When it comes to African-American women, Arnold says the color preference varies by region. Women in the northeastern part of the U.S. seem to prefer conservative reds, purples, wines, and smoky colors. Thos in the Midwest go for neutral colors, and women in the West go for it all. “In California, it’s either very dark or very light colors,” Arnold says.

Besides promoting color, the company has also begun adding Spanish, French, and Vietnamese text to its products. Within time, all of creative’s products will feature all three languages, as well as English, on its directional and key ingredient copy.

A Vast Asian Market

Like Misa, Toma, based in Hollywood, Calif., does not market its colors to any particular ethnic group. “We have 99 colors and within that range, there’s something for everyone,” says Geoffrey Saville-Read, advertising and marketing manager for the company. “We have colors for all ethnic groups.”

However, the company’s products do seem to be strong sellers in the Asian market – particularly in Korea. In fact, Toma as a sales representative in Korea, as well as one in the United States who deals with the Asian market. Toma’s retail line, 10-Day Nail Lacquer, also sells heavily in the Korean market.

The company advertises in several ethnic magazines, and one of its products, Black Magic Mascara, was recently featured in Today’s Black Woman. “We need to target these groups,” Saville-Read says. “These markets are huge.”

According to Saville-read, the ethnic community is more daring and willing to try new things and new products – a major plus when it comes to retailing products to them.

Focusing on the Skin

Although you may not think that ethnic groups need skin care products that differ from what is currently out on the shelves, manufacturers have a strong vision when it comes to these markets. Although there are plenty of moisturizers, cleansers, and toners out there, several companies have taken a different approach by offering skin care lines that are directly targeted at specific ethnicities.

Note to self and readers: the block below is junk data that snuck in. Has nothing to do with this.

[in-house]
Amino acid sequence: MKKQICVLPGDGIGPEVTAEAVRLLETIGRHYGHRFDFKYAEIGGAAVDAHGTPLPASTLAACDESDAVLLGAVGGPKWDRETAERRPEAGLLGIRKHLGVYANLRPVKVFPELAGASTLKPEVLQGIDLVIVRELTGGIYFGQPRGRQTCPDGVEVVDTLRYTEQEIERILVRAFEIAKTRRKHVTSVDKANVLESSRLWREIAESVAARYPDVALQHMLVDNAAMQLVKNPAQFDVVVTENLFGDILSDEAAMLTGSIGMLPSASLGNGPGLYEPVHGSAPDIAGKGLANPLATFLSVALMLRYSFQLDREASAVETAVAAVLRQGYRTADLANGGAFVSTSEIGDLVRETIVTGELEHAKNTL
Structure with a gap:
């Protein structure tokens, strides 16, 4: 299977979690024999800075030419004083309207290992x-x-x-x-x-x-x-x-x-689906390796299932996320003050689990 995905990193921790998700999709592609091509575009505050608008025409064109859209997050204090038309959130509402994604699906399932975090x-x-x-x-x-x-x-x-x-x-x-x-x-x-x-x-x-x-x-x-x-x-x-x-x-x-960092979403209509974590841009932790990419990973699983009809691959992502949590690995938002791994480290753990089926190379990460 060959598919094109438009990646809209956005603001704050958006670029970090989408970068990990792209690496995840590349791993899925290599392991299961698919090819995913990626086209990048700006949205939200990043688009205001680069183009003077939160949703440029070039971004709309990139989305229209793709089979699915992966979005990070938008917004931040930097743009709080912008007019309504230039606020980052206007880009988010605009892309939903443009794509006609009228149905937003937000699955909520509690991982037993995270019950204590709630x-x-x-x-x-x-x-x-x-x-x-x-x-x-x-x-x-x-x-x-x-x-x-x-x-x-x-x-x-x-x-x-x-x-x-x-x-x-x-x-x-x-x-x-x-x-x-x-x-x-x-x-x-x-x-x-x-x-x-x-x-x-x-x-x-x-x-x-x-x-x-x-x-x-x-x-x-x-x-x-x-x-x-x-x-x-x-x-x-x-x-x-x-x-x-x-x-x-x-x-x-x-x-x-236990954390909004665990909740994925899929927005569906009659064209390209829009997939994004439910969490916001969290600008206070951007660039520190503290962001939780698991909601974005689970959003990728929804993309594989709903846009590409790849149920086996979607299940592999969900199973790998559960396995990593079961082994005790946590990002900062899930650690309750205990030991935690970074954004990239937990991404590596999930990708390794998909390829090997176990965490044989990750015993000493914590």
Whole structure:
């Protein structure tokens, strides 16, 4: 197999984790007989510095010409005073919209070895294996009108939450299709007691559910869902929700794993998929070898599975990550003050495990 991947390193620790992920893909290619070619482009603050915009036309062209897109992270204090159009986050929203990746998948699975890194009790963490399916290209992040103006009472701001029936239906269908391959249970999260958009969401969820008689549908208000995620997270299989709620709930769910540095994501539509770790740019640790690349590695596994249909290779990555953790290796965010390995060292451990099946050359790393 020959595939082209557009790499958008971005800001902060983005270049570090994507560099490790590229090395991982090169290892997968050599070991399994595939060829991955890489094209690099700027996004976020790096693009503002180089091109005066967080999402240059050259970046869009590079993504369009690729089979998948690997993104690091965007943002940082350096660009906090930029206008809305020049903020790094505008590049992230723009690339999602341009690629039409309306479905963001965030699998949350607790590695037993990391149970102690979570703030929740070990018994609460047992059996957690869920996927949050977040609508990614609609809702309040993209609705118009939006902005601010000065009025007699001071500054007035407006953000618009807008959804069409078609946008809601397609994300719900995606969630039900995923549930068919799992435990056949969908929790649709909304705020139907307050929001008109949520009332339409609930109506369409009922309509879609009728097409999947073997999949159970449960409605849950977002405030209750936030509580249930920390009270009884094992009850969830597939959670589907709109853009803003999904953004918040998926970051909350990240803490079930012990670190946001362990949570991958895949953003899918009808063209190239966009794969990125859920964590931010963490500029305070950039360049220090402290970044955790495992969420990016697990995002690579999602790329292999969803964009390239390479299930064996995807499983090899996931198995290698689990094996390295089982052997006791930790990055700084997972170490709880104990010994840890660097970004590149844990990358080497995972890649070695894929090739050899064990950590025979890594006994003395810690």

One of those lines, Edgar Morris, caters to the African-American client. The Los Angeles-based company has been around since 1981 and previously sold its skin care products as a complete system through infomercials and direct marketing. Last year, it introduced four products designed to address some of the most common skin care problems African Americans suffer from.

“African Americans seem to have a problem with acne, oily skin, and dark spots,” says Mary Mercado, corporate office sales manager for the company. “There’s nothing really out there for them.” In fact, Mercado says that prior to the various offerings that exist today, African Americans had no choice but to go to clinics and have their skin problems treated there.